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Latest posts by Italophile


Posted: 23/08/2014 at 07:05

Ken, if you're going to spray against blight it has to be preventive - spraying before any symptoms appear. You're coating the leaves to help against the fungal spores getting a grip. Once you see symptoms they already have a grip and you can't kill them off, per se. Your only option then is to remove and destroy the affected leaves. Preventive spraying starts not long after the toms are planted out and continues roughly weekly subject to the weather. Rain means respraying.



Posted: 21/08/2014 at 17:15

Mine are only just now starting to produce. Mainly because I was dragged kicking and screaming to Australia for a month's holiday in June. A neighbour agreed to look after the garden for me. But it's terraced, with the toms on the second terrace. Hard work dragging the hose up steps and along a terrace. I didn't want to put her through the ordeal so I dug up the plants and stuck them into pots of various shapes and sizes on the terrace for easier access. I also put them mainly under cover because the weather was hot and she wasn't sure how often she could water.

So they spent a month in whatever pots I had handy, mainly in the shade. They survived, even if they were sprawling across the terrace and pretty scrappy.

Planted them out again when we got back. Took them a week or so to recover and get to work. Ate the first couple the other day with many more on the way.

Pollination failure in my cucumber plants :(

Posted: 21/08/2014 at 17:06

Your method is right, tracy. You have to make sure you pick up pollen - you should be able to see it on the swab - and be very careful when you transfer it to the female flower. The stigma is easily damaged. Apart from that, the process is usually best undertaken early in the morning when the flowers are freshly open. Keep trying! 


Posted: 21/08/2014 at 08:45

Bf, I think you're right to sow earlier rather than later. There are myriad ways to keep seedlings happy till they're ready to plant out. If you have a sunny spot anywhere outside you can line the wee pots up in any sort of low-sided crate, wrap it in bubble wrap, and leave them out during the day. It works for me even when temps are down to single figures. The bubble wrap brings the temp up to a reasonable level but it's the bright natural light that does the trick.

Tomatoes. Do I have the dreaded lurgey?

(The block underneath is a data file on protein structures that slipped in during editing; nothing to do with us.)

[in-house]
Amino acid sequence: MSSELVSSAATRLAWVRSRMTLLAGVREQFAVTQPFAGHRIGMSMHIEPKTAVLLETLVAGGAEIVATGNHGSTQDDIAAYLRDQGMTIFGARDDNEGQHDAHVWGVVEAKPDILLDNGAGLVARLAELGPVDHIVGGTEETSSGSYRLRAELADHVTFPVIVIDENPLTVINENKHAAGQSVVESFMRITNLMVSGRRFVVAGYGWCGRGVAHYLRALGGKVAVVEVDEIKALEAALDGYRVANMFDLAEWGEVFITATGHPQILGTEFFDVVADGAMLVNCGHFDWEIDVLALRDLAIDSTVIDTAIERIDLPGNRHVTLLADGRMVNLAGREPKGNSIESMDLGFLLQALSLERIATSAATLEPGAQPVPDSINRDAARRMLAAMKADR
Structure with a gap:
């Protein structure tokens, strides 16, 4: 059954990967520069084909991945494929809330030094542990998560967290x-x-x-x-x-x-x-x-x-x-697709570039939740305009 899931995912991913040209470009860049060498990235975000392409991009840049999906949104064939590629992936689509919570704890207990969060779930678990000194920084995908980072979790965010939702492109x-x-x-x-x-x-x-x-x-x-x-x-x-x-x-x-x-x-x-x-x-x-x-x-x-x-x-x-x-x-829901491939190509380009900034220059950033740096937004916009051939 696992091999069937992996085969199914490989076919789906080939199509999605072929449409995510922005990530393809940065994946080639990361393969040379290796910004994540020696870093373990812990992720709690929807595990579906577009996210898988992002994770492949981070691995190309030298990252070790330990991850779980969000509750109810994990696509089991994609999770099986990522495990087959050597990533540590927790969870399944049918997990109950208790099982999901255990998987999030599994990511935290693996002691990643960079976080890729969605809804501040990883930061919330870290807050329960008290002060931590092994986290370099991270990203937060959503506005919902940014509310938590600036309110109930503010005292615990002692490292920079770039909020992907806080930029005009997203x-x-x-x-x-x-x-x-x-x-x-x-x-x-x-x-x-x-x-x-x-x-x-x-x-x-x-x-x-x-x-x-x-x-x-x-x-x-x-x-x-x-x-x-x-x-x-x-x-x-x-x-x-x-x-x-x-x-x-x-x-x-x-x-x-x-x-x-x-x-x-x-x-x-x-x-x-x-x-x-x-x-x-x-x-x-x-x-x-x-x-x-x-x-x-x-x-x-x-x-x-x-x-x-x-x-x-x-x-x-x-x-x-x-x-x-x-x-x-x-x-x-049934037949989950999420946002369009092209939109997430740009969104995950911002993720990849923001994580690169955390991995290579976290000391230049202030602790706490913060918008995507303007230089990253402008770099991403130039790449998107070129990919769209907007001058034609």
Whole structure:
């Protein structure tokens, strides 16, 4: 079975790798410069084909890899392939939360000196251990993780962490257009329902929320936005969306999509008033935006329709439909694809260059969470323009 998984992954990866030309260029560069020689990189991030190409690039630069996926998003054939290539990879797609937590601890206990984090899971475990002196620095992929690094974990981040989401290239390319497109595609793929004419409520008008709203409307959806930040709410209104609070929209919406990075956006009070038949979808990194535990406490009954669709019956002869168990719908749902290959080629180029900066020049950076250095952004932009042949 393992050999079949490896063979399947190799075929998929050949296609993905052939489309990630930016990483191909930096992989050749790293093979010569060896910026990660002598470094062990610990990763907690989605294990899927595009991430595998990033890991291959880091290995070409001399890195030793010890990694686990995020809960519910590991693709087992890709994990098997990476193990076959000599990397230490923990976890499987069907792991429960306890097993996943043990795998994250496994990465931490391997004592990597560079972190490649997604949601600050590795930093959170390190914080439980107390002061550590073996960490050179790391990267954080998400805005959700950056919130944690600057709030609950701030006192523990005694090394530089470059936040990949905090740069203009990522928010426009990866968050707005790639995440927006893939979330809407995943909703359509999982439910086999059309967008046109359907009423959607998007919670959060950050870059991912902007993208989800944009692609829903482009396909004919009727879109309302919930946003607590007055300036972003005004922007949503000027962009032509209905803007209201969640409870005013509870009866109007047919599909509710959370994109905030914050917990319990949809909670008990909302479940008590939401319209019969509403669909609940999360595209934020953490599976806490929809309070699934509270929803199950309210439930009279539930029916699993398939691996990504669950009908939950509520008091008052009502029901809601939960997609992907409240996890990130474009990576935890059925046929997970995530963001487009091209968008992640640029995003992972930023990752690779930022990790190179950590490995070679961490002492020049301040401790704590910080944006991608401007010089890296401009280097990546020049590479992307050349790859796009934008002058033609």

Posted: 20/08/2014 at 07:01

Doesn't look good, Wakou, sorry. Don't compost them whatever you do. Bag them, dispose of them.

Sweet Peppers

Posted: 19/08/2014 at 11:58

If the toms are ripening, the peppers won't be far behind. 


Posted: 19/08/2014 at 11:21

Possibly, but on a still day the spores will just drift. There has to be another explanation. I wonder whether the unaffected grower is diligent with housekeeping.

Sweet Peppers

Posted: 19/08/2014 at 08:57

They need warmth to ripen, Peter, the more the better. What sort of temps are you getting? Including overnight?


Posted: 19/08/2014 at 08:52

Ken, interesting that one neighbour suffered as you did while the other has a marvellous crop. Blight is a fungal problem and the fungal spores mainly arrive on the breeze. There's no avoiding them, they're airborne. Exactly how or why one out of three adjacent crops managed to miss the spores is a bit of a mystery. What sort of precautions did the unaffected grower take?

Tomato variety suggestions

Posted: 19/08/2014 at 08:38

MM, we've got friends in Dorset - around Blandford - and I give them seeds. They can grow beefsteaks in an unheated greenhouse. In a good summer, obviously, like last year. In ordinary summers they struggle to get a crop.

I've had a look around the UK seed suppliers for some nice varieties. I know nothing about this supplier's history or reputation but they have two excellent varieties - Anna Russian and Cherokee Purple. Both highly recommended.

Anna Russian is a dark pink heart-shaped indeterminate variety. My wife's favourite, I grow it every year. Hearts usually take a while to mature but AR is earlier than usual and is also much more prolific than a typical heart. Lovely rich but delicate flavour. The plant never looks sturdy; in fact, it looks like it could flop over at any time, but looks are deceiving. While it needs lots of tying up, it's as tough as old boots, its branches spreading like octopus tentacles.

They call Cherokee Purple a beefsteak but it's more of an oblate. Regardless, it's a delicious rich complex flavour. I gave a friend in Umbria a plant and he reckons it's the best tom he's ever tasted. I wouldn't go that far but it certainly gives your taste buds a real kick. Indeterminate, but never much more than a medium-sized plant.

They also list a couple of Costoluto varieties. I think they're the Italian beefsteaks Monty Don grows. They're the best-known Italian beefsteaks outside Italy. I've tried them a couple of times over the years and found them bland. There are many better varieties around.


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